Review: FIFA 12

Having played most versions of FIFA over the past 10 years or so, I was expecting EA to pretty much deliver the same game with a few minor enhancements — graphics, gameplay, and an update to squads after player movements at the end of the previous season. Not so in FIFA 12! EA have radically improved the series with a version that may well convert the Pro Evo half of the world over, and into, the FIFA fold.

The biggest enhancement has to be the new tactical defending. Defending in FIFA has previously been something necessary to win the ball back and get on with the attacking which required little or no skill. Everything you previously knew about defending has changed and instead of merely harassing a player until you get the ball from him, you must now use a combination of tracking, jockeying and timing to take the ball. This advancement adds a new dimension to the how you play the game.

It also means that a well-timed slide tackle, a feature I would normally only use to add a little fun into the game, can be a necessary skill in defence. Where you would once upon a time hold down a key to track and tackle an attacker, you now have improved contain and jockey features allowing you to defend more realistically. If you get the timing wrong when tackling you are likely to find that you either lose the player or foul him. If you do lose the player, you can chase after him whilst holding down the B button. This is called a push pull and uses the player’s strength to either tug at the shirt or a swift elbow when close. Be careful when using this tactic though as it is often severely punished by the referee. The new tactical defending feature can be turned off if you like but if you want to play online you’ll need to learn to use it.

The other major change for this release is EA’s new player impact engine. This has improved animation by making the interaction between players, the way they move the ball, and player collisions far more realistic and believable than in any previous version. It’s not 100% perfect though and can result in some fairly weird movements from players when they hit the ground or another player.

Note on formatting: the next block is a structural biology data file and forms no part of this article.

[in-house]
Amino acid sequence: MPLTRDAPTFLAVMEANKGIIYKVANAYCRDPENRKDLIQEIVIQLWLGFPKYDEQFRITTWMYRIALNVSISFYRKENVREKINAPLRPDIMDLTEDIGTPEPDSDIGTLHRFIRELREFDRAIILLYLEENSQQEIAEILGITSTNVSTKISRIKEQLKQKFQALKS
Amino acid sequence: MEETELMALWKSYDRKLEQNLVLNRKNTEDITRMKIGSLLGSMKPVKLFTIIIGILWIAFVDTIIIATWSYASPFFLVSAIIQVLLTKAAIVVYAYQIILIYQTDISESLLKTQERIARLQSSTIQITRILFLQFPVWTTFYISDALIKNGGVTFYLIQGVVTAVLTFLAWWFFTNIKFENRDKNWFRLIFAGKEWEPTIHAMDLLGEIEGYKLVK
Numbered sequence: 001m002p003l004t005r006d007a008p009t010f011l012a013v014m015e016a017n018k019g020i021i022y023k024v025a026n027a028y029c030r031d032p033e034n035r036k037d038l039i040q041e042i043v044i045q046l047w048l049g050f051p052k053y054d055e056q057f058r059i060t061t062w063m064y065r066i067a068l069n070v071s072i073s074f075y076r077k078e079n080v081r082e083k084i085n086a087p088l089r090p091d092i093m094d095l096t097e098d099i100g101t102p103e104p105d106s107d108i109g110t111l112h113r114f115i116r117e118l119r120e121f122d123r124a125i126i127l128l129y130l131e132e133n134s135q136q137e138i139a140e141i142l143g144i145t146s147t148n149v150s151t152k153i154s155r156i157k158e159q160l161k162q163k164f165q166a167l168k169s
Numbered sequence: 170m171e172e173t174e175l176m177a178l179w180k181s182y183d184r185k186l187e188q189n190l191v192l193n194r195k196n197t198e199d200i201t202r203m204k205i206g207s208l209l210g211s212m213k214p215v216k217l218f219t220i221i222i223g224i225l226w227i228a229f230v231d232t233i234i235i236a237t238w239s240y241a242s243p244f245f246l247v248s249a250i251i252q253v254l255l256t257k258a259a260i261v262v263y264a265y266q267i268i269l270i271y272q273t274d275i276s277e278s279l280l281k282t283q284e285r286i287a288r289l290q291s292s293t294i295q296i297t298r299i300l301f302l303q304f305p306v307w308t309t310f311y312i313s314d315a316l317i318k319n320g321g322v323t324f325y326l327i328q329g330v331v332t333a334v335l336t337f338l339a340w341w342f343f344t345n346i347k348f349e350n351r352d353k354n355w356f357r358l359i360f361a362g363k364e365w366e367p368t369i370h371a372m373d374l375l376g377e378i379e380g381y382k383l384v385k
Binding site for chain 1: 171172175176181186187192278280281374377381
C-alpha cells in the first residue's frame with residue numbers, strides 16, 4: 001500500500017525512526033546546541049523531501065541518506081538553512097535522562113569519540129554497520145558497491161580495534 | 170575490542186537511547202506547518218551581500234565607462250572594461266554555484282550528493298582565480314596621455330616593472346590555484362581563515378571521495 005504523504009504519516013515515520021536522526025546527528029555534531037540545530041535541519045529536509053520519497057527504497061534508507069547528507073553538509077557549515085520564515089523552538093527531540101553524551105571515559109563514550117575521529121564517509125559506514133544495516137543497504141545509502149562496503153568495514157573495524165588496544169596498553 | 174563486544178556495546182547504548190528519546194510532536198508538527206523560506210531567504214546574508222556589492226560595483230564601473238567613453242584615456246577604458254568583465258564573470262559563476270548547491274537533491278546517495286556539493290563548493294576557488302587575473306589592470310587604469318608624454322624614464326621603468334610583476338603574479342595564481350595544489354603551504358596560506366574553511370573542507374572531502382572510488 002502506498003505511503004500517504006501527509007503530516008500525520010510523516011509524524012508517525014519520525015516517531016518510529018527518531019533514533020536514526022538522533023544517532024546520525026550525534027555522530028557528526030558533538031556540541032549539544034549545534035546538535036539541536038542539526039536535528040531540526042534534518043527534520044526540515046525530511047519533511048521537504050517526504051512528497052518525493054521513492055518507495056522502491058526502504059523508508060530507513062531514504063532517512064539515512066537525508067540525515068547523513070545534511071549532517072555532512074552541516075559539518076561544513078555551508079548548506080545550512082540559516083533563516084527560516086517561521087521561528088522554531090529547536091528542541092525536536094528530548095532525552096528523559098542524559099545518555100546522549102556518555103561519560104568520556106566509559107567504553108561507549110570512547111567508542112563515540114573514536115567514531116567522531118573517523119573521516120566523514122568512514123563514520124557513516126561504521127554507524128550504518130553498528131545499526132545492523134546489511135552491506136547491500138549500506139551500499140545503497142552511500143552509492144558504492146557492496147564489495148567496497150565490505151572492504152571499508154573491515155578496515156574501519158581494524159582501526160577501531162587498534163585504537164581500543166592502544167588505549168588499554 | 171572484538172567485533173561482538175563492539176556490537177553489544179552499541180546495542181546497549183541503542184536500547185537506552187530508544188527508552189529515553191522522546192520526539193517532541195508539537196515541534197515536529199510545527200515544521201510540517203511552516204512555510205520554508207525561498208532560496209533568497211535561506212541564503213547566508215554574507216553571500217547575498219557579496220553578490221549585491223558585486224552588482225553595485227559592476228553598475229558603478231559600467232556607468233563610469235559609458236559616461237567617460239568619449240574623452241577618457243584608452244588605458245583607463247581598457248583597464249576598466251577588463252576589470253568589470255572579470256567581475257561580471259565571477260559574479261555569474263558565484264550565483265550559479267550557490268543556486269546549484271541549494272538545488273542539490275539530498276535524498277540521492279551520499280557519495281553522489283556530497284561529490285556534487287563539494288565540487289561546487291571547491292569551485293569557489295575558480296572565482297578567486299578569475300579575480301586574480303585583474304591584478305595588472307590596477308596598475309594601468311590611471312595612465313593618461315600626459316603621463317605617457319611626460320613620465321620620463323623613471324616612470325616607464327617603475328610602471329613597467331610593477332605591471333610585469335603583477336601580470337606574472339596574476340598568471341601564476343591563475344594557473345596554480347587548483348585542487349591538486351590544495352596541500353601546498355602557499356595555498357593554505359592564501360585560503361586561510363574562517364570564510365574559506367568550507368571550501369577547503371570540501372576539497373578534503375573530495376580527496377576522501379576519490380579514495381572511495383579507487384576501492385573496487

Attacking seems harder in FIFA 12 and where you could once rely on scoring in a given position, you find that depending on the quality of your striker or the opposition, it’s not an absolute certainty. This just makes the elation of scoring all the more exciting when you do manage to put the ball in the back of the net.

Other improvements for online multiplayer include “Head to Head” seasons and online friendlies. The first puts you in a short league season and the aim is to get promoted out of that division and onto bigger and better opponents online. The online friendlies feature allows you to do similar against your friends.

I was more of a fan of Head to Head as it can get very competitive very quickly; if you do well in the 10 games you play in your division (you start in Division 10), you get promoted to the next. Whilst fun, it was a tad confusing at times; you don’t see who you’re playing until you’ve locked everything in. You could end up playing as the same team (and jersey colour) against one another, or worse yet as a poorly ranked team up against all-stars.

In my opinion the commentary in this version has improved as it seems more varied and more exciting and has probably benefited from the removal of Andy Gray! It’s not without its faults though and can sometimes, as with previous versions, provide comical analysis of the play.

Overall FIFA 12 has gone through a fairly big change in this release and it was a gamble worth taking. The tactical defending has added a new dimension to the game play and the improved animation gives the game a virtually realistic feel.

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Dan Cartwright

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